The Red Chesterfield by Wayne Arthurson

I felt totally enchanted by this odd crime novella that's told in vignettes. A bylaw officer investigates a complaint about a yard sale, then spots an abandoned chesterfield nearby and then things go sideways when he finds a severed human foot. But this story isn‘t about that mystery. It‘s about a man‘s relationship with his brothers and his girlfriend who is also his boss, and …that intriguing piece of furniture that keeps showing up.

I knew going into this book that Edmonton author Wayne Arthurson is of Cree and French Canadian descent. I like how the central character is slowly revealed to be Indigenous:
1. A comment early on about his people having “a long history with the authorities, a lot of it bad.”
2. Later: “I light some sage, let the smoke blow over me. I‘m too jittery for the smudge to work.”
3. Still later: “Who is it?” [...] “Some Indian,” he says with disdain.”
When I sit, I don't fall to the ground. The red chesterfield is real.
It is also extremely comfortable, further supporting my belief that this is a chesterfield and not a sofa or a couch. Only chesterfields have this kind of bearing. The springs are well maintained, the fabric soft to the touch without being rubbery. My hands have tactile sensitivity, making them defensively reactive to materials. Velvet and velour give me the heebie-jeebies, while some leathers can be too smooth.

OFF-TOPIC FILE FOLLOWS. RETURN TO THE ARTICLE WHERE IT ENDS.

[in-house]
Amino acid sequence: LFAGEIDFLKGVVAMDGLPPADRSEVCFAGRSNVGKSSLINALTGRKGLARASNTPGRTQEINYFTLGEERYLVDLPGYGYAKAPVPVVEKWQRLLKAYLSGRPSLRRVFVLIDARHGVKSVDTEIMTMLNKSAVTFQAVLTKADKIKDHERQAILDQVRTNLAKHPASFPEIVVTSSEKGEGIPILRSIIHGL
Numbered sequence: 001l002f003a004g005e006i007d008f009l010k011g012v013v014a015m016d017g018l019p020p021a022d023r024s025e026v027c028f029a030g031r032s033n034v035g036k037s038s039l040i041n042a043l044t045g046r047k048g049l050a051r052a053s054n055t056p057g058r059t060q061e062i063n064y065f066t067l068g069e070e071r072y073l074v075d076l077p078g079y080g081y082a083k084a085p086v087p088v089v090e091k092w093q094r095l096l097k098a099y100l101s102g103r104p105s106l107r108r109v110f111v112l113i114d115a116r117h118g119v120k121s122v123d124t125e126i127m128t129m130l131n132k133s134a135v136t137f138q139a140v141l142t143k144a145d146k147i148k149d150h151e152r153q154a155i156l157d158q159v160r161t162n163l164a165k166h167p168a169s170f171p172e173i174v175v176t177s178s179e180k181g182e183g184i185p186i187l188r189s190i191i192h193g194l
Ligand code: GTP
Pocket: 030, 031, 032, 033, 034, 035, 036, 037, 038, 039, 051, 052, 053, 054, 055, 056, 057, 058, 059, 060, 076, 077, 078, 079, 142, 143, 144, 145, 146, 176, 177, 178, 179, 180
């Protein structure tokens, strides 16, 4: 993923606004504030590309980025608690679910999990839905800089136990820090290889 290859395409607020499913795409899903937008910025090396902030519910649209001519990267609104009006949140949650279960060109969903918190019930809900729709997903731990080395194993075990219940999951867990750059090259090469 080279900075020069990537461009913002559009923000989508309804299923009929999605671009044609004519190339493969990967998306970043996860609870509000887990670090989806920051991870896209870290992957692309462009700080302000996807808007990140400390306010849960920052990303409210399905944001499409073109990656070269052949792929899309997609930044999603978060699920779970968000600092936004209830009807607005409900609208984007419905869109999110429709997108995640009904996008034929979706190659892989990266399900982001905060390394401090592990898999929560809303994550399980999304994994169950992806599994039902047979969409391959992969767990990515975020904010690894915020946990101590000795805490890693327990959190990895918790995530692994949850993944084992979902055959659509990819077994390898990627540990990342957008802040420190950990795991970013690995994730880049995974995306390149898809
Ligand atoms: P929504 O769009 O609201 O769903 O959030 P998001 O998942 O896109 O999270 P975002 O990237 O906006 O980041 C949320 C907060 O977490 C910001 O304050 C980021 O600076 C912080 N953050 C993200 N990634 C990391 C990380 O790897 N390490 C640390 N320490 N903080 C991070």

Killing and Dying by Adrian Tomine

Six impeccable slice-of-life stories told in comics format. Deadpan wit, emotional nuance, perceptive observations and lots of warmth for these sad, alienated, frustrated characters. These are the kinds of stories with a whole lot going on in the gutters and outside the confines of the pages. Tomine uses clean lines, matching subtly different art styles to the mood of each story.

La légèreté par Catherine Meurisse

Parisian political cartoonist Catherine Meurisse overslept and missed her bus… and thereby missed being killed or injured like her colleagues at Charlie Hebdo in 2015. In this emotional, philosophical and darkly funny memoir in comics format, Meurisse turns to beauty, literature and art for answers as she struggles through grief and disassociation to put her life back together. Also available translated into English with the title “Lightness.

Welcome to my planet.
Why a minute of silence in honour of victims?
What we need is a century of burning rage!

[my translation]

Clap When You Land by Elizabeth Acevedo
Audiobook narrated by the author and Melania-Luisa Marte